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Rate of debt skipping falls 90% at Dubai’s biggest bank

  • People ‘skip’ country to avoid debt
  • New laws encourage resolution
  • 94% of UAE companies are SMEs

There has been a dramatic decline in the number of people leaving the country to avoid debt obligations to UAE banks. 

The fall in so-called “skips” is a result of the Gulf state’s introduction of legal reforms such as the decriminalisation of bounced cheques, and new insolvency and bankruptcy laws, experts said.

In the past the UAE’s stringent insolvency regulations often pushed small business owners to flee the country to avoid imprisonment for unpaid debts or bounced cheques.



“We’ve seen up to 90 percent decrease in skips,” Rohit Garg, group head of business banking at Emirates NBD, told AGBI.

“No business owner wants to run away leaving behind his business. He wants to work it out with his lenders, suppliers and buyers. They did not have that opportunity before.” 

Dhiraj Kunwar, managing director of business banking at RAKBank, said the impact of government reforms is evident in the UAE banking sector’s “benign credit environment”.

“Credit losses are very low,” he said. “We now see companies whose [businesses] are not going as per plan working with the banks to restructure and reschedule debts, and create a path to get back on track … as opposed to a binary, either I make it or I don’t [situation].”

The lender has almost 50,000 small and medium-sized enterprises (SMEs) on its books and last year handed out AED2.5 billion ($680 million) of loans to more than 3,000 companies.

Garg added that the introduction of a national credit bureau, VAT and corporate tax has strengthened the case for SME lending, making it a more viable business case for banks.

“These [developments] have contributed to the bank’s ability to verify information,” he said. “Lending to SMEs is not just a commitment to the development of the economy, but also a sound commercial decision.”

Garg said Emirates NBD’s SME lending has risen by 50 percent over the past 12 months, following a nearly 35 percent increase the previous year.

Emirates NBD is a partner of the Dubai International Growth Initiative, announced by Dubai’s Crown Prince Sheikh Hamdan. 

The initiative aims to help SMEs in Dubai scale globally. It will allocate a total of AED500 million to provide up to AED15 million in financing to eligible businesses for up to seven years at the Emirates’ interbank offered rate, without any additional margin.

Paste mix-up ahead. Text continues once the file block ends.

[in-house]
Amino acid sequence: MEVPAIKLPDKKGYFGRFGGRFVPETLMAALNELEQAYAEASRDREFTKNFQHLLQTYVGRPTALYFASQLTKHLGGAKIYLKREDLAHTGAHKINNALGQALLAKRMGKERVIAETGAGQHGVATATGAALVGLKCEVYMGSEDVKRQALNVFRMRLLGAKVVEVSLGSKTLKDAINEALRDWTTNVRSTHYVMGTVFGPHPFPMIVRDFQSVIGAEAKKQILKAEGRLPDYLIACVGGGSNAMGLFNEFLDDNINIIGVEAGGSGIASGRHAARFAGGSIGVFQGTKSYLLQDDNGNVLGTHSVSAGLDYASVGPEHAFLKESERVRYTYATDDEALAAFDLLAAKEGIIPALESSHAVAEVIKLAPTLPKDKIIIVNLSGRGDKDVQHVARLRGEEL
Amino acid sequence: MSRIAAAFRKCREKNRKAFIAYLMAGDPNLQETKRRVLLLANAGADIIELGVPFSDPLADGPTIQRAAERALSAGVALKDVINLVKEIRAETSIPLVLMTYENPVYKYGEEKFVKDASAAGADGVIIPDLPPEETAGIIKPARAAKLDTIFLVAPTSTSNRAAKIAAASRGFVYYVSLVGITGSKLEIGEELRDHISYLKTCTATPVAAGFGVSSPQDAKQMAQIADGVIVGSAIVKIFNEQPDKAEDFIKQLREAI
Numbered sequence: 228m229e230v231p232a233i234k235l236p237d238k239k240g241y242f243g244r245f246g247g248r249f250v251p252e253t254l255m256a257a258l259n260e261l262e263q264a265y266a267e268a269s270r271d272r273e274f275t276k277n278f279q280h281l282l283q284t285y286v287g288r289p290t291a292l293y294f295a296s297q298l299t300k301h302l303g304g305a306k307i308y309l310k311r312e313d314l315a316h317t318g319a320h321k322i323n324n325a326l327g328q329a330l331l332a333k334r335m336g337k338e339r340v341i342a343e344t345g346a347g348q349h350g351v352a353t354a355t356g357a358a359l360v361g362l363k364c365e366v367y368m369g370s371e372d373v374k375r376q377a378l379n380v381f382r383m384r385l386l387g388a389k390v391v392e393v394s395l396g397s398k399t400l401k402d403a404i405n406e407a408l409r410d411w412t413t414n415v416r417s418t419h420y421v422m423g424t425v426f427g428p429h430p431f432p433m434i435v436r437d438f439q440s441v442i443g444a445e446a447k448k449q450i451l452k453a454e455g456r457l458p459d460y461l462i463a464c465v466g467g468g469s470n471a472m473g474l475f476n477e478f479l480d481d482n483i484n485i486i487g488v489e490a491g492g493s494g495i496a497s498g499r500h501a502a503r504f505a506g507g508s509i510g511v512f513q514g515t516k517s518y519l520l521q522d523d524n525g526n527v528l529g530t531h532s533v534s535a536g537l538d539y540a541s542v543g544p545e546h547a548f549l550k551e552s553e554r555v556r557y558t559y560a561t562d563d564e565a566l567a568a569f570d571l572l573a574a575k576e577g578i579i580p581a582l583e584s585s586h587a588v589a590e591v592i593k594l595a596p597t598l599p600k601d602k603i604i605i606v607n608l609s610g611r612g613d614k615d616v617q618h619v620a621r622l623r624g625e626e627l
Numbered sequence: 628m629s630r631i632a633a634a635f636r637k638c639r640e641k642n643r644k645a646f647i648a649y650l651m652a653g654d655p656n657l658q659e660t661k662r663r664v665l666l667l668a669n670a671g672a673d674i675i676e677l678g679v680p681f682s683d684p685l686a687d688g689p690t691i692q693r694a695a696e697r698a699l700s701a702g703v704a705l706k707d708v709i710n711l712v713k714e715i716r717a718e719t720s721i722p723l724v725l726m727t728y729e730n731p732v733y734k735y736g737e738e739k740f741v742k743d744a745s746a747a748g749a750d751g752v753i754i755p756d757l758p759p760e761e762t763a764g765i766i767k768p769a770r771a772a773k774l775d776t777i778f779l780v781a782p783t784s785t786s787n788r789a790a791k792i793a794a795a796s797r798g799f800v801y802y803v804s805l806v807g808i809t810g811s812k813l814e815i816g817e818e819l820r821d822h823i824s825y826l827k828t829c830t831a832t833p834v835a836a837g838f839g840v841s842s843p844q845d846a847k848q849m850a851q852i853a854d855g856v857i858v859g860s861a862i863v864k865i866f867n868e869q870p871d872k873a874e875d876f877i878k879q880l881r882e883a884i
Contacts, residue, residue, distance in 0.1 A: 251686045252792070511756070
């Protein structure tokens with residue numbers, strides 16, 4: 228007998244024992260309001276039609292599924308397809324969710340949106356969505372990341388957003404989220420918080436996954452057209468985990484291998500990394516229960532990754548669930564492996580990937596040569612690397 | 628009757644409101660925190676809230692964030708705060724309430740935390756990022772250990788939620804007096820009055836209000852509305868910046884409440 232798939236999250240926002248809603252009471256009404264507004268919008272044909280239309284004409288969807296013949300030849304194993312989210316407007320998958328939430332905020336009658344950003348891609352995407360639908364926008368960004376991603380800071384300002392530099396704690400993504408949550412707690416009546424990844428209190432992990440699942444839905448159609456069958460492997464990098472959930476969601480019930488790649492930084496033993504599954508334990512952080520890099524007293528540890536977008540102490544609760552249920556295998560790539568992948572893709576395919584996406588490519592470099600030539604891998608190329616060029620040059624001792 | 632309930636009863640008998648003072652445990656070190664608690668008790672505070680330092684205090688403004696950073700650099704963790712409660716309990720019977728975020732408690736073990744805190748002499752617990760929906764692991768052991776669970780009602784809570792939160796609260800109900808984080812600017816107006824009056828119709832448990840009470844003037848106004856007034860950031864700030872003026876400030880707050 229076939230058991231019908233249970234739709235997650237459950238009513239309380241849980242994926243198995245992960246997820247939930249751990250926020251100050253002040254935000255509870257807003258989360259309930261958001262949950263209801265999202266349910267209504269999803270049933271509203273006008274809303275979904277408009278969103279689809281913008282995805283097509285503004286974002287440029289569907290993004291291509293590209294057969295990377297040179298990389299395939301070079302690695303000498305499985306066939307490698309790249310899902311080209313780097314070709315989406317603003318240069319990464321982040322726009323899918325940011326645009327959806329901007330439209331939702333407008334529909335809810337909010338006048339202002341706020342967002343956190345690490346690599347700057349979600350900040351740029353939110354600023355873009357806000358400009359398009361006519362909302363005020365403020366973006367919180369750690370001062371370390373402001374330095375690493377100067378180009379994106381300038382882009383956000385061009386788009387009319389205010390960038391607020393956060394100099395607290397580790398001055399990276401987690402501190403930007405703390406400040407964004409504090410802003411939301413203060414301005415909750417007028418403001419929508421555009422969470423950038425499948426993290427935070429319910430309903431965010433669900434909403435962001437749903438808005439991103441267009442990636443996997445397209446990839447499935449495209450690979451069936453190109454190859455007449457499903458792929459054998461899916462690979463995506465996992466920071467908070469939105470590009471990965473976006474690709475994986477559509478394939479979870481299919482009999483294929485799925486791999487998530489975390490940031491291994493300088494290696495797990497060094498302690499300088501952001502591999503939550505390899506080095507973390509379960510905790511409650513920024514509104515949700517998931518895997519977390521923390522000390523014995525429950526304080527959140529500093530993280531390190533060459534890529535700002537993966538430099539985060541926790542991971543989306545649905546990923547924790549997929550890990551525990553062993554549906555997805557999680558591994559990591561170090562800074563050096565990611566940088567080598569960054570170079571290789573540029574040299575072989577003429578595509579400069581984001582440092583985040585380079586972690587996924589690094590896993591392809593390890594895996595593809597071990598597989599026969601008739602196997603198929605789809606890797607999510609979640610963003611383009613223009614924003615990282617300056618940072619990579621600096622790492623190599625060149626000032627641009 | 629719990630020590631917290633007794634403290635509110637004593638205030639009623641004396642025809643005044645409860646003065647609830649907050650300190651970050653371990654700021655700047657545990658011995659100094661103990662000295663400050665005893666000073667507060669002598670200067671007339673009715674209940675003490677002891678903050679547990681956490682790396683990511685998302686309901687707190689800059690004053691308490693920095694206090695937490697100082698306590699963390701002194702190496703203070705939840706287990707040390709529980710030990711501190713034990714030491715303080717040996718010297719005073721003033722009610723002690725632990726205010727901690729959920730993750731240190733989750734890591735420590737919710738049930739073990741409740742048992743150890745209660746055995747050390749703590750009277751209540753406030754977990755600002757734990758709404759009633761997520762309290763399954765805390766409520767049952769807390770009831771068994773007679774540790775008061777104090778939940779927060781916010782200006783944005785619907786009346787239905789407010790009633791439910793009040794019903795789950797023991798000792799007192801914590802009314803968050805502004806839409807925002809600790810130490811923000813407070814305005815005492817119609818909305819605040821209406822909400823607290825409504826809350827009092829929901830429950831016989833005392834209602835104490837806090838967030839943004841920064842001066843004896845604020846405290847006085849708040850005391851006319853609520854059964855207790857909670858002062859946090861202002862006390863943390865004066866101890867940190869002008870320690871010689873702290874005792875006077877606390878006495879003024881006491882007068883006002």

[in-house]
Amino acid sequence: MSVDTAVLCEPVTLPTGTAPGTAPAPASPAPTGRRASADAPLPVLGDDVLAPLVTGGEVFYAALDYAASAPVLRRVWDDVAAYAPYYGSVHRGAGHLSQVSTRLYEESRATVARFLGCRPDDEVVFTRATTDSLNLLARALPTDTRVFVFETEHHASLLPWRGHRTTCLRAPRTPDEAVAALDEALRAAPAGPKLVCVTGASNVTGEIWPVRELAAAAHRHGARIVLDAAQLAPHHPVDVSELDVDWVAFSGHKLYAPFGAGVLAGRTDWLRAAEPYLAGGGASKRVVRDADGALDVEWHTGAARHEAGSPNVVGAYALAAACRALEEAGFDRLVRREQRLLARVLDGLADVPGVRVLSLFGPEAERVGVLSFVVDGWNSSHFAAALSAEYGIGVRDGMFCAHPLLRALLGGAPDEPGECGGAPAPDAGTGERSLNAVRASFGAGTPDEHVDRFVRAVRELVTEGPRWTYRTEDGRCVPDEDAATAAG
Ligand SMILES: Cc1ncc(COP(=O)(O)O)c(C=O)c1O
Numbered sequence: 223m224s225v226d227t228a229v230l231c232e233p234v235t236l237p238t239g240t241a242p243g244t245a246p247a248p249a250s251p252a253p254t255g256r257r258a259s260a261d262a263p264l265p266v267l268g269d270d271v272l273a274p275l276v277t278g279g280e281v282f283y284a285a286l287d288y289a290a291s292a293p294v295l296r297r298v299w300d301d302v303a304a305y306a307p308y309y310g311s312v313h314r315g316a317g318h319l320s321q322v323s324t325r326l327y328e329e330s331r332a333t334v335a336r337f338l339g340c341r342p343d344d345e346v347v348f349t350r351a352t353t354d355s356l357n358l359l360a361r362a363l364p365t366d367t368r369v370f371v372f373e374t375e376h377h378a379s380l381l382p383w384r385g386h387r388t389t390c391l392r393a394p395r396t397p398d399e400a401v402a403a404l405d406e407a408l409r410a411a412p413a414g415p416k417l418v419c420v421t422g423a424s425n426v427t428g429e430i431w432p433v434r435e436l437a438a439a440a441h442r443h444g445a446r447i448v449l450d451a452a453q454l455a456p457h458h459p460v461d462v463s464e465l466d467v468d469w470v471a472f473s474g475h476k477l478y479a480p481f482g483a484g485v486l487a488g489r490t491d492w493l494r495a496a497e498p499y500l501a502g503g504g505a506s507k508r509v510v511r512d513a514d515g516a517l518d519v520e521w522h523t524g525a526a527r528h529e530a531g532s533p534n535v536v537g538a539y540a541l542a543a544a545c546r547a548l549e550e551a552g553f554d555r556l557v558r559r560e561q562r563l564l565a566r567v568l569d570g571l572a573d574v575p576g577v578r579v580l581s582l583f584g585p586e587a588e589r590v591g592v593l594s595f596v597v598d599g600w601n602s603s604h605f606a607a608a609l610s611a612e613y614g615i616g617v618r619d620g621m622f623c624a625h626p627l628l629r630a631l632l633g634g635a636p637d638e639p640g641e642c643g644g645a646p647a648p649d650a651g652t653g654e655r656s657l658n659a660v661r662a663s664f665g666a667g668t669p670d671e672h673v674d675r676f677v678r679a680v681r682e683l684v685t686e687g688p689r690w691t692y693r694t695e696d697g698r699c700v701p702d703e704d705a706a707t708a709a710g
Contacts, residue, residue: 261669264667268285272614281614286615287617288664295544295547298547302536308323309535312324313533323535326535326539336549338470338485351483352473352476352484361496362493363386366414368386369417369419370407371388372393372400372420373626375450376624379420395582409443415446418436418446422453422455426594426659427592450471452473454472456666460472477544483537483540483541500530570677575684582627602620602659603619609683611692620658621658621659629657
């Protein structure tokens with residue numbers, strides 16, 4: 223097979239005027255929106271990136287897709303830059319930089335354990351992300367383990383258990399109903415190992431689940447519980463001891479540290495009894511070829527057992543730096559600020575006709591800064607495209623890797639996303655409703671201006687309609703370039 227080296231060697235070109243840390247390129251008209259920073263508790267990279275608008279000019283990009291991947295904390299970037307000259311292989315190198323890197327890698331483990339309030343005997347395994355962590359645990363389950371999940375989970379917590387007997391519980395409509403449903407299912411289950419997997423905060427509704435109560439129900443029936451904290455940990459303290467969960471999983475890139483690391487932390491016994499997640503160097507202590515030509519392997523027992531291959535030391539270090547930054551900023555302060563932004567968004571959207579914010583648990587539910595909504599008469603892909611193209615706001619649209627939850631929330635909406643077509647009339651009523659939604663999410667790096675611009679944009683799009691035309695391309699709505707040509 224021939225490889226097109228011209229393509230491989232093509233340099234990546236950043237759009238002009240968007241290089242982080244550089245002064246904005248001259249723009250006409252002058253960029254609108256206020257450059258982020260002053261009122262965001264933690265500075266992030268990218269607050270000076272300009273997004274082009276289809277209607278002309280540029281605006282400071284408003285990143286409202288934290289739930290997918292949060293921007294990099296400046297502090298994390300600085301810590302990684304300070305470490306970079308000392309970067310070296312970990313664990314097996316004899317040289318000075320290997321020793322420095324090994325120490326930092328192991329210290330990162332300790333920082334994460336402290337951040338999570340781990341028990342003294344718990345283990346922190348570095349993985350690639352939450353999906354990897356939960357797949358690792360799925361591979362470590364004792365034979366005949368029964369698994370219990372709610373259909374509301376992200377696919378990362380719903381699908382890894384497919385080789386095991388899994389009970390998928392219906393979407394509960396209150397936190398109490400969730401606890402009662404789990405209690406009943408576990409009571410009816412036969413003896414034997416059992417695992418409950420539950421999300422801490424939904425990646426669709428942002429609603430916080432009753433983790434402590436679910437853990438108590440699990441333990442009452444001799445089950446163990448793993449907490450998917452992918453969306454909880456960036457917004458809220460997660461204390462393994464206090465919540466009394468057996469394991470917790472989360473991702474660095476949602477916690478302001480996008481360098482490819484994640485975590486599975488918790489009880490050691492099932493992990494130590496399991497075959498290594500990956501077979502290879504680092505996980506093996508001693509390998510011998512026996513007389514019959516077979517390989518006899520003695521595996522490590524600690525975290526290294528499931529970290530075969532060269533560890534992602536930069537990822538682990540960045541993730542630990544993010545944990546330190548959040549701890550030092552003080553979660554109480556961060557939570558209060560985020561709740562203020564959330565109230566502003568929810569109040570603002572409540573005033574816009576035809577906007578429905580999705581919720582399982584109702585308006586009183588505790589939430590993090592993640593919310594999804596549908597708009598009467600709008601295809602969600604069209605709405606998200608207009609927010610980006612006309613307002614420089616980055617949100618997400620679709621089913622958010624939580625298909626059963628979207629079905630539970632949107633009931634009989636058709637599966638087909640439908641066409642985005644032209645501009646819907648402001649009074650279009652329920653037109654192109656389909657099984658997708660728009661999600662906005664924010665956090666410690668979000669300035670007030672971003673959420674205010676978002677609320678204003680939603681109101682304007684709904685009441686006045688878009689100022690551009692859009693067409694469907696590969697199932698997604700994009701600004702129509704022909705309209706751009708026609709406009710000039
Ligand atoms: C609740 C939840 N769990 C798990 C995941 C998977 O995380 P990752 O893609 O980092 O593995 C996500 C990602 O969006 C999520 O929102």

Garg said about 12 percent of the funds had already been approved for disbursement.

Ayman Itani, CEO of business consultancy Think Media Labs, said the legal reforms reduce business friction, acting as growth accelerators for SMEs. 

“Without such an enabling environment, the growth of SMEs would stall or even decline,” he said.

However, Amir Ahmad, partner at law firm Reed Smith, said despite the positive impact of reforms, challenges remain in debt resolution, including matters such as legal aid access, cultural stigma, enforcement of debt repayment and economic fluctuations.

Rajesh Jagasia, a Dubai-based legal consultant and owner of Right Management Consultancy, added that a three-year payback period of 50 percent debt under current laws may be insufficient for businesses to stabilise and become profitable. 

“It takes time for a business to revive so it can clear both existing and ongoing debts,” he said. 

“The payback period should be at least five to seven years.”

SMEs make up 94 percent of companies operating in the UAE and contribute more than 60 percent to the country’s GDP.

The UAE’s new laws

The UAE bankruptcy and restructuring law went into effect on May 1, introducing a specialist court to oversee disputes and replacing the 2016 bankruptcy framework.

It emphasises the importance of amicable resolutions, broadening the scope for debtors to seek agreement with creditors.

It will also allow secured creditors to enforce claims against assets directly through the bankruptcy court, which should streamline enforcement.

The move is expected to have a significant impact on how insolvency cases are handled in the UAE, aligning the country more closely with global best practices.

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